GENEVA – As Auto SpA tries to reinvent its namesake Fiat brand, it will take a new styling direction, one that signifies Italian heritage, while at the same time setting a new course for the ailing Italian marque.
That duty falls on the shoulders of Frank Stephenson, who moved from Ferrari SpA’s chief design post toAuto, where he assumes styling leadership for the Fiat, Lancia and commercial truck divisions.
Stephenson, who penned the popular Mini forAG, tells Ward’s at the auto show here that he was given a heads-up about the potential promotion months ago, but he didn’t receive official confirmation until just weeks before the announcement.
While he enjoyed his stay at Ferrari, he says he is eager to begin to set a course for the Fiat brand, which has failed to establish a consistent design theme throughout its product lineup.
“Basically, I have to try to get something in there (from a design perspective) that people want to buy,” Stephenson says. “At the moment, (Fiats) kind of all look different from one another, and I think they should get some consistency started. Every country has their look. With Fiat, we need to define Italian design.”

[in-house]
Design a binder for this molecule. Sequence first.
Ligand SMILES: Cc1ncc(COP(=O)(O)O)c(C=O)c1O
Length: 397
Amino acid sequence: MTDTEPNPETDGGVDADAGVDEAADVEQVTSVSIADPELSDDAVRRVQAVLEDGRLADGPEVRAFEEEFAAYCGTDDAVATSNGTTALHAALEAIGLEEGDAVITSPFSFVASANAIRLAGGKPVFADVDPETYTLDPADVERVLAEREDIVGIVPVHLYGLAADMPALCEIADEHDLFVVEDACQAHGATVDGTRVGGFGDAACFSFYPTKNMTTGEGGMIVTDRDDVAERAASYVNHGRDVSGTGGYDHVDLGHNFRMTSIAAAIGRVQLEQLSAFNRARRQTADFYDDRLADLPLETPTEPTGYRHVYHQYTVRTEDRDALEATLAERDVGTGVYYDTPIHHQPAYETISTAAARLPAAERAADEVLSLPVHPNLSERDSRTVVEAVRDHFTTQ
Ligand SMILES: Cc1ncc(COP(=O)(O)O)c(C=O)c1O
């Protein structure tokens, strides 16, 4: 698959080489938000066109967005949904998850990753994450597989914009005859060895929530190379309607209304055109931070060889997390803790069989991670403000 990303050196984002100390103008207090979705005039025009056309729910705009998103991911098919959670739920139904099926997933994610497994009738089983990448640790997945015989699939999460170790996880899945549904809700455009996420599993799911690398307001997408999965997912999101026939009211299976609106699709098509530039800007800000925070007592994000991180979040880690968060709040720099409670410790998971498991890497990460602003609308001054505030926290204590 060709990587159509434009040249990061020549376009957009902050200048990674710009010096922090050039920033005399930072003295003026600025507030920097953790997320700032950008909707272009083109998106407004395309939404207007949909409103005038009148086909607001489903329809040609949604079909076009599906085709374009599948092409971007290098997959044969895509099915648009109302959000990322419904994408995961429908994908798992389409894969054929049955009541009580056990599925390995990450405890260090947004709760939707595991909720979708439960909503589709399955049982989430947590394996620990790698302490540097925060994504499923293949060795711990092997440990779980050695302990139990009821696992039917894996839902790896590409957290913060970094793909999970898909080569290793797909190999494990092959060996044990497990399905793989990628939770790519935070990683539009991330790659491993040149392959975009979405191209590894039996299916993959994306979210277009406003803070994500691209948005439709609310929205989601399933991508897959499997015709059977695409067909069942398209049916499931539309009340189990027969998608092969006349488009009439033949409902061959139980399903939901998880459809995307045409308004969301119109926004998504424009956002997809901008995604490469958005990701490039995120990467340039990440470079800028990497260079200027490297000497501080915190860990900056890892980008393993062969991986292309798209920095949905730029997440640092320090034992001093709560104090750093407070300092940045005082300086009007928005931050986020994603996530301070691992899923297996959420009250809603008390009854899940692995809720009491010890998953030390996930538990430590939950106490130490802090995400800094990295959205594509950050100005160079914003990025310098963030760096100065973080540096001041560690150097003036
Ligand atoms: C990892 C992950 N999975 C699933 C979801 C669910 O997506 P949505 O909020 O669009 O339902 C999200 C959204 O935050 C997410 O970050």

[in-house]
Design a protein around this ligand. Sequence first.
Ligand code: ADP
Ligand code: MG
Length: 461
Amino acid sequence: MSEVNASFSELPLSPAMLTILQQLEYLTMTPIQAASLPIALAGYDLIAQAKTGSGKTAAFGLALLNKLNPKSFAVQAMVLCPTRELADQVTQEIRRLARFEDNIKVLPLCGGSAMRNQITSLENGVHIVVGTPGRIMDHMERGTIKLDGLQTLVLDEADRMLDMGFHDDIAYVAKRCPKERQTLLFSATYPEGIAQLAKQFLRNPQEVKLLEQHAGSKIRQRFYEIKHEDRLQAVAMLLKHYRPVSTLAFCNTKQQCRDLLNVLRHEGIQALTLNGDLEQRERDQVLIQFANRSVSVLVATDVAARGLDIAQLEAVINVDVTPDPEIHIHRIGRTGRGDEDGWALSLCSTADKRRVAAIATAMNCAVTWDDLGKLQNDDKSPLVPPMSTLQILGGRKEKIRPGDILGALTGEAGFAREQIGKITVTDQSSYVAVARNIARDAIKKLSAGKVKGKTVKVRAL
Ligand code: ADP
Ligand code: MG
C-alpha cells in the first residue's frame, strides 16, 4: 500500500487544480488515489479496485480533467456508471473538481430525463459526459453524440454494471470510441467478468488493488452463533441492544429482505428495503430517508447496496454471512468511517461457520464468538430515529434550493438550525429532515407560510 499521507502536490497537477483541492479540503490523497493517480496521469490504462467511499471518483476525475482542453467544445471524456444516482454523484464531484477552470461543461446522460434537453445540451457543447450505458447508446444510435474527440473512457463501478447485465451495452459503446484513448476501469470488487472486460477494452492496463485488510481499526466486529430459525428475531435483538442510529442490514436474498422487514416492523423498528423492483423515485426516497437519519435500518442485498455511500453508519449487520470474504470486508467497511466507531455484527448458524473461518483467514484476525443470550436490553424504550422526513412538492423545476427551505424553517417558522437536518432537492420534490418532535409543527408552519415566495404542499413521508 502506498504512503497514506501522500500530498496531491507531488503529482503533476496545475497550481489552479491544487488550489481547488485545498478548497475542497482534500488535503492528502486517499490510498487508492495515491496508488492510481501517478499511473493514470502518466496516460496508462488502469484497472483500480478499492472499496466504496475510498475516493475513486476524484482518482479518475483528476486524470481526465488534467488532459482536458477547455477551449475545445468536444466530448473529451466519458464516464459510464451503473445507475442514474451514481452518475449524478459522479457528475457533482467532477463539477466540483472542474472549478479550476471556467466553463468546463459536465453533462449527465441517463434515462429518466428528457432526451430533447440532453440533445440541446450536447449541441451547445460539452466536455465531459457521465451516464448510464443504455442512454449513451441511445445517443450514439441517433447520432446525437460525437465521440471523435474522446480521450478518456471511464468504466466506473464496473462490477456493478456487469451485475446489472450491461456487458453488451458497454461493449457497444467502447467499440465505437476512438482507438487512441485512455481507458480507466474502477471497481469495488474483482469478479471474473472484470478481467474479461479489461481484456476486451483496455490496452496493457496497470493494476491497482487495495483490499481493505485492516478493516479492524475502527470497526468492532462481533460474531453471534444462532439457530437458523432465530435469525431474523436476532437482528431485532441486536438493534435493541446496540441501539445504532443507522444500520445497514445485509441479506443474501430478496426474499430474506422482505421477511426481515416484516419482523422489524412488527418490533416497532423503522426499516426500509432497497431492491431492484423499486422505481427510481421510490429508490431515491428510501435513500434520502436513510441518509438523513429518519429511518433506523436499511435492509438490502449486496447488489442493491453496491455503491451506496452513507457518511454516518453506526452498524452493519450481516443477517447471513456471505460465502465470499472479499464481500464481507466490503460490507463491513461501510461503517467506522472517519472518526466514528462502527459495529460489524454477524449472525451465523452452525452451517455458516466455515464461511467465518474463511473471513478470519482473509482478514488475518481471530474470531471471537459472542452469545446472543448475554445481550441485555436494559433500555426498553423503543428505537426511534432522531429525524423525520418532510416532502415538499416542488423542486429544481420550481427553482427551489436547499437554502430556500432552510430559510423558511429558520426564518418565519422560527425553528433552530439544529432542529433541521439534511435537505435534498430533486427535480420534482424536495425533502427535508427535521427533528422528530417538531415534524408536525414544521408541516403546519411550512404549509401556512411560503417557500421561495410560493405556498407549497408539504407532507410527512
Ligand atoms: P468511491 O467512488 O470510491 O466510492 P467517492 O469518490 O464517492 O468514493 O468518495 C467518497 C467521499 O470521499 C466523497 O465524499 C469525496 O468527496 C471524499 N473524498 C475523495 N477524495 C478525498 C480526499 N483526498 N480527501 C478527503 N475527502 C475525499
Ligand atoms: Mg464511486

Stephenson says it will take at least a few years for his influence to be seen in Fiat vehicles, but he’s anxious to get started. While he refuses to speculate on design themes under discussion, Stephenson admits it will take radical change to move Fiat in the right direction.
“I plan on putting Fiat back on track, and Fiat has to get into a pattern of success. It’s a huge responsibility,” he says.
He provides a hint of what might be in Fiat’s design future by acknowledging the brand needs to exude more Italian flare, similar to Italian fashion.
“I’m looking for something that looks like the Ferrari. You can tell a Ferrari without seeing the badge, and that’s (where) we need to get with Fiat,” he says.
His new position will allow him to have a more profound impact on Italian vehicle design overall, Stephenson adds. While Ferrari sells less than 5,000 cars annually, Fiat has a broader reach across all segments and in larger volumes.
“You are going to help more people at Fiat. If you get it right, you are going to save a lot of people and a lot of jobs and that’s going to be good for everybody,” he says.